1.11.4 Supporting Research and Innovation

Both economic theory and empirical analysis underline the key role of research and innovation in economic growth and progress. Yet, market failures (in the form of spillovers and externalities) generally cause enterprises to under-invest in research and innovation. This is generally referred to as the ‘appropriability’ issue, where key-knowledge and the return of being the first to develop are only partly appropriable. Accordingly, there is a need to design and implement tailor-made policy instruments and investment mechanisms to stimulate R&D spending and innovation. This involves an approach that begins with identifying the needs of the levels where innovation, growth and job creation takes place: industry, sectors and companies. By identifying specific needs or drivers instrumental to an increase in research and innovation, specific policy measures can be designed. In addition, the transition countries that have, or are about to, obtain membership of the EU, have a range of new opportunities and funds available for supporting research and innovation. Successfully exploiting the opportunities offered by EU membership is critical for successfully advancing the knowledge economy.

Good Practice Example: Tallinn Technical University Innovation Centre (Estonia) A number of specific initiatives have been taken in Estonia to encourage the development of new knowledge-based businesses, including the Tallinn Technical University Innovation Centre (TUIC). The TUIC seeks to promote linkages between the R&D base of Tallinn Technical University and businesses. Its activities include active marketing of R&D projects that have market potential; providing assistance to university staff seeking to cooperate with industry; managing the spin-off program, and developing incubation services for knowledge based start-up companies.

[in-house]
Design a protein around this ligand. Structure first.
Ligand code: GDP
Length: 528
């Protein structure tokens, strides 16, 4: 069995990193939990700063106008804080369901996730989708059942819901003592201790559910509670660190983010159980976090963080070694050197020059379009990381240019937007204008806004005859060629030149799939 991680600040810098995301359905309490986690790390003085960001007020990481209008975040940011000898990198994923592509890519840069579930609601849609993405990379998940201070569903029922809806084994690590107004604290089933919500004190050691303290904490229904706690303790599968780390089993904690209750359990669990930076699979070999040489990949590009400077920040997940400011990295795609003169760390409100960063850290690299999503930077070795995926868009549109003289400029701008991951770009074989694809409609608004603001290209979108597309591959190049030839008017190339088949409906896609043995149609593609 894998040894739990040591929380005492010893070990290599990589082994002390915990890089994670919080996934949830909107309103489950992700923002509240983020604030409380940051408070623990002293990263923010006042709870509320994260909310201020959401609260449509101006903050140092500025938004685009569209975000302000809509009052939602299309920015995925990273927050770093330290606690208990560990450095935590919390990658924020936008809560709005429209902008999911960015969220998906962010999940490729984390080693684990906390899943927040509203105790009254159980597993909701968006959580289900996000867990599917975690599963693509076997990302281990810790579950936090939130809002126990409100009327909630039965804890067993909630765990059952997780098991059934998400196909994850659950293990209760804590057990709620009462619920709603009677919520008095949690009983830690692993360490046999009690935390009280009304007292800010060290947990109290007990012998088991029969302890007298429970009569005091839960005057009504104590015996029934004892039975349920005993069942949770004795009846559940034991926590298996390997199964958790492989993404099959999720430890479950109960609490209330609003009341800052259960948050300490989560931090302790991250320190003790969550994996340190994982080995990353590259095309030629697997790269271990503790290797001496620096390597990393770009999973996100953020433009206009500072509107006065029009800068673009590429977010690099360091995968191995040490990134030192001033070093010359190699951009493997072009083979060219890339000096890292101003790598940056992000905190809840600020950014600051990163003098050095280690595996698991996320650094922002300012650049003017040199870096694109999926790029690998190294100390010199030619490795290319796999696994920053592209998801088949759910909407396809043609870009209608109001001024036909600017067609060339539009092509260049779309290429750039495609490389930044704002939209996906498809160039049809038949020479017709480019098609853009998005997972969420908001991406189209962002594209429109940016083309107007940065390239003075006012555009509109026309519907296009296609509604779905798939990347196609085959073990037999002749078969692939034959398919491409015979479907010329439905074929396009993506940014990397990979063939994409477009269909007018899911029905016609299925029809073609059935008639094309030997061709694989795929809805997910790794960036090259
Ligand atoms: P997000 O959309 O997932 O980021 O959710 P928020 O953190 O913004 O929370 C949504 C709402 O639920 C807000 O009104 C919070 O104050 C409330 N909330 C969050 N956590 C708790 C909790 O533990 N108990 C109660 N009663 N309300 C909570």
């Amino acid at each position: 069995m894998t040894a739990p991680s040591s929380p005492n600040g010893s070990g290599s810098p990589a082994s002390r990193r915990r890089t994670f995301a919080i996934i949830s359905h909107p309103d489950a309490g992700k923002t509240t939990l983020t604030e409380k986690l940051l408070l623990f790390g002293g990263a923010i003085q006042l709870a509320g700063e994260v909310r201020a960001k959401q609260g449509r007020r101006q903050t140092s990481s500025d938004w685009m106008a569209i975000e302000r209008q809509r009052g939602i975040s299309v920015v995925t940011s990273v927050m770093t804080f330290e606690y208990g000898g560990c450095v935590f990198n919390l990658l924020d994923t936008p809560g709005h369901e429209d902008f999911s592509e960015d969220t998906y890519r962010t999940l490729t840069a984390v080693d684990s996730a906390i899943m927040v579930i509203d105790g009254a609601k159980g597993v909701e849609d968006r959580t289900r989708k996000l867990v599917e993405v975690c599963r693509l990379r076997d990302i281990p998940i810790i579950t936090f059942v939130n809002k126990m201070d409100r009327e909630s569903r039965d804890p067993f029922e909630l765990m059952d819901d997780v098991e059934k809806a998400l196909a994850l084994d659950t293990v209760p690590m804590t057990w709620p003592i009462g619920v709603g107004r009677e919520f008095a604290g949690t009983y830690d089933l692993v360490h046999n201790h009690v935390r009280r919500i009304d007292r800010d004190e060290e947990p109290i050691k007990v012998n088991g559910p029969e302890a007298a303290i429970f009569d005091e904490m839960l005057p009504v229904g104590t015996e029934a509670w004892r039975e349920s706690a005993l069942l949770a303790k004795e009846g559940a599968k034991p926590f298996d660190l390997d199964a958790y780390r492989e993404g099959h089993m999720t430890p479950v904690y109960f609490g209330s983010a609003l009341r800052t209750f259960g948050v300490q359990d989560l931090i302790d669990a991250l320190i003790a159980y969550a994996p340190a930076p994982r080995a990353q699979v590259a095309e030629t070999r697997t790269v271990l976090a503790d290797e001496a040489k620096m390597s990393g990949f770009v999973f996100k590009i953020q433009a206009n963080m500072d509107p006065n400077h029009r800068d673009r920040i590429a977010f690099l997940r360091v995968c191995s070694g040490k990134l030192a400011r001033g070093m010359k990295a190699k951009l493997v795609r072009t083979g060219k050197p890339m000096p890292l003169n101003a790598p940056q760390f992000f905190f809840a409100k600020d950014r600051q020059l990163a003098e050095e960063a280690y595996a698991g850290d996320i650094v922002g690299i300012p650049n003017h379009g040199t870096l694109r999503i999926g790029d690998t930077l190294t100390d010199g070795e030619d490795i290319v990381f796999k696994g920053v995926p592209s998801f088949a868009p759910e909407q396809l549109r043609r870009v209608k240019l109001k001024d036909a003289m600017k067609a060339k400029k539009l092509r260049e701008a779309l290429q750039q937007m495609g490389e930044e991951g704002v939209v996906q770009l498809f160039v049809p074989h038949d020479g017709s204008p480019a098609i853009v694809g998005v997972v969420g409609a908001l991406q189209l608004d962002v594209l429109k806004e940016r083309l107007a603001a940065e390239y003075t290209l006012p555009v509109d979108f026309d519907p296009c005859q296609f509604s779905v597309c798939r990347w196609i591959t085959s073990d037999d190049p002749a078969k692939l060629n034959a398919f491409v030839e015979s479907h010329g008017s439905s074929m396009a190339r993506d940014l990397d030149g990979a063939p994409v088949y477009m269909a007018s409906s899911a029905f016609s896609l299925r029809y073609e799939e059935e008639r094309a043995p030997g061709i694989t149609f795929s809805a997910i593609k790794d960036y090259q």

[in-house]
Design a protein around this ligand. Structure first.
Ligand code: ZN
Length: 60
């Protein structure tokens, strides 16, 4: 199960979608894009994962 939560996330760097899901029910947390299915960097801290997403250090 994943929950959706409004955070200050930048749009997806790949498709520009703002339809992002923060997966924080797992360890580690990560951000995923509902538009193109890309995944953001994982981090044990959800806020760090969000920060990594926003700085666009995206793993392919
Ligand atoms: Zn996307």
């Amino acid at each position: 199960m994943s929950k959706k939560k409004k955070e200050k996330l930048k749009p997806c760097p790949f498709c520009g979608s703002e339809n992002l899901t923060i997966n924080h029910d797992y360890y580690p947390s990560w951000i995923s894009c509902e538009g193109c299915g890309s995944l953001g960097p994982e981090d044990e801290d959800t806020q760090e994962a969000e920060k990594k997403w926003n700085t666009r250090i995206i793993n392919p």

16 ICT, Innovation, and Economic Growth in Transition Economies


Good Practice Example: Use of EU Structural Funds (Lithuania)

Good Practice Example: Estonia’s Tiger Leap

Membership of the EU has given several transition countries access to significant EU Funds for supporting research and innovation. Lithuania provides an illustrative example of how EU membership gives rise to new opportunities to support research and innovation. EU accession in May 2004 was followed by a first round of implementation of the EU’s Structural Funds, which allowed Lithuania to double the amount of funding available for innovation. Several measures directly addressing innovation are currently implemented to strengthen the innovation support infrastructure and develop its institutional capacities; to improve R&D and business co-operation in innovation development; to improve the quality of human resources for R&D and innovation; and to strengthen the public and private R&D base. Direct support for innovation in firms was also offered.